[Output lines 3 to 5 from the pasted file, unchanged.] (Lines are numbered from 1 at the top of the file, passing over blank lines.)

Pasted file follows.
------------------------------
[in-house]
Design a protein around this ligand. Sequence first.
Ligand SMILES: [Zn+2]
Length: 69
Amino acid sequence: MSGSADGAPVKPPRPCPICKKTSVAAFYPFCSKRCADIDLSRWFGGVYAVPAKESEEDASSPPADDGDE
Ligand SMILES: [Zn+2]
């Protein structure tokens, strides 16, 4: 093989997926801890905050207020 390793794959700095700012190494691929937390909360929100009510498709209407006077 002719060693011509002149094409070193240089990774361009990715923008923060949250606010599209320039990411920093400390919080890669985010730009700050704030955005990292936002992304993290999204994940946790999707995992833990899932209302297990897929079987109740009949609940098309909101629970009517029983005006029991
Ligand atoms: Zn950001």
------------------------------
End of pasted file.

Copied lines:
Ligand SMILES: [Zn+2]
Length: 69
Amino acid sequence: MSGSADGAPVKPPRPCPICKKTSVAAFYPFCSKRCADIDLSRWFGGVYAVPAKESEEDASSPPADDGDE